But facts-based, logical arguments cut no ice with greedy corporate chieftains whose eyes light up at the prospect of making fortunes from the net zero emissions push. Consider the recent despicable example of the Business Council of Australia. During the 2019 federal election, that body described Labor’s then policy (reducing emissions by 45 per cent below 2005 levels by 2030) as ‘wrecking’ our economy.

And well they might: pre-election, a groundbreaking study by Dr Brian Fisher (the highly respected former head of the Australian Bureau of Agricultural and Resource Economics) revealed the huge cost Labor’s policy would impose on Australia’s GDP growth, workers’ real wages, and job losses of around 330,000. Yet now the BCA trots out a dodgy model to demand a 46-50 per cent emissions reduction by 2030, and net zero by 2050, to make us better off. Do these charlatans – and the Morrison government – take us all for fools (or knaves)?

With current demand for coal, natural gas and oil pushing their respective prices sky-high, could there be a more obviously stupid approach to policy than that contemplated with seeming equanimity by Morrison and co. of ‘phasing out’ those industries over some undefined ‘transition period’? Verily, the mind boggles.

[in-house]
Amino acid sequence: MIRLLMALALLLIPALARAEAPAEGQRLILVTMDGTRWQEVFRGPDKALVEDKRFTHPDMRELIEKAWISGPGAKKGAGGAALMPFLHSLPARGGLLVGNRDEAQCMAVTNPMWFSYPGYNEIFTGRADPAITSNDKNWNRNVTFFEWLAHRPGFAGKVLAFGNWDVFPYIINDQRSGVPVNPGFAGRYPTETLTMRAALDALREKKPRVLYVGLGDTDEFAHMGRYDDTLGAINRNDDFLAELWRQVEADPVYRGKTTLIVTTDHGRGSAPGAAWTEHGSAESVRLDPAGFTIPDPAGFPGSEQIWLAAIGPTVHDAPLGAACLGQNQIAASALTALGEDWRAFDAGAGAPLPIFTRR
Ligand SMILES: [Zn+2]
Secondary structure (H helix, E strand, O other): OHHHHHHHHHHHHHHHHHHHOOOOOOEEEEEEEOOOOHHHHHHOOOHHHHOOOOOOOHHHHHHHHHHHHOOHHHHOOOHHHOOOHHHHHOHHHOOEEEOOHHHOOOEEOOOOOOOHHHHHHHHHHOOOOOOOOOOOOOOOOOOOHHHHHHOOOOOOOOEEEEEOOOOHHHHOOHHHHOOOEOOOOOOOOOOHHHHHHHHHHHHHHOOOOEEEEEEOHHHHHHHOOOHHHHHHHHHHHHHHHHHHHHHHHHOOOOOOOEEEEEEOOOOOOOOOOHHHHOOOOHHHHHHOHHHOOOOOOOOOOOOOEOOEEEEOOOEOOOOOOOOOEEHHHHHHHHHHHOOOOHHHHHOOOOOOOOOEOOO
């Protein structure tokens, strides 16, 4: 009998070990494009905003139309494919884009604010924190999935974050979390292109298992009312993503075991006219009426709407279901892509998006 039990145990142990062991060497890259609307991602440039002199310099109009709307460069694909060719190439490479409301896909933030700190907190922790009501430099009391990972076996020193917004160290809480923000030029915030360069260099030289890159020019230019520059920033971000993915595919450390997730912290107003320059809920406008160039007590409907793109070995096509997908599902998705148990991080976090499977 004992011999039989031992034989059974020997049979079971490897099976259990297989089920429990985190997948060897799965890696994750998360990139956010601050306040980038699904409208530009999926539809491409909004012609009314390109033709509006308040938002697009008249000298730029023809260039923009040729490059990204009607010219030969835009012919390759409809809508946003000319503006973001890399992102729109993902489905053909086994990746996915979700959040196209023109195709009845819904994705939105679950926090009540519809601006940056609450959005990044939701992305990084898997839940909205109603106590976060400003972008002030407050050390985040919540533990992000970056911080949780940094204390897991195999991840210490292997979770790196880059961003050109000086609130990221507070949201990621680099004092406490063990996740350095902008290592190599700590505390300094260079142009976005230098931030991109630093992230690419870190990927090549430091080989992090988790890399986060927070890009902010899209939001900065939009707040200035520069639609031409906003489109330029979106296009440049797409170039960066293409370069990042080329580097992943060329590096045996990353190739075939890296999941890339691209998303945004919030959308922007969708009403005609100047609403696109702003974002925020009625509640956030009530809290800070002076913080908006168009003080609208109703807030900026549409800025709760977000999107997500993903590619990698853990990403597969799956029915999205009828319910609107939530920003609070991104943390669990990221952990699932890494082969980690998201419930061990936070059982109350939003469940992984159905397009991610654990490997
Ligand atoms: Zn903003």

Boris Johnson’s COP26 gathering in Glasgow (31 October to 12 November) is already doomed to failure. China’s Xi Jinping will not attend and his representatives will certainly not contribute one jot to its CO2 emissions-reducing objectives. The Indians will attend, but only to tell us why they too will not cut their emissions. The developing countries (Indonesia, Pakistan, Bangladesh, etc.) will follow their examples, whatever they may say in Glasgow. The Europeans will, as usual, talk big and act small.

Amid all the net zero chatter, remember too that man proposes but God disposes. Right on cue pre-Glasgow He has shown us how puny we are when Nature’s forces are arrayed against us. Two volcanoes – Fagradalsfjall in Iceland and La Palma in the Canary Islands – have erupted, pumping out many gigatonnes of CO2 to reverse whatever emission cuts we little humans may have been achieving. Might snow fall in Glasgow next month, while the UK shivers in an energy crisis? Cartoonists will have a field day!

I said here last week that, by signing us up to the Glasgow fantasia, Scott Morrison, despite his recent AUKUS/nuclear-powered submarines triumph, will still lose the coming election. Recall the 1999 republic referendum, when without exception the Yes vote had every media organisation on its side. We No voters then rallied around our slogan: ‘Vote NO to the politicians’ republic’. Come the election, I can already see the billboards: ‘Vote NO to the politicians’ net zero’.

Got something to add? Join the discussion and comment below.

You might disagree with half of it, but you’ll enjoy reading all of it. Try your first 10 weeks for just $10

Show comments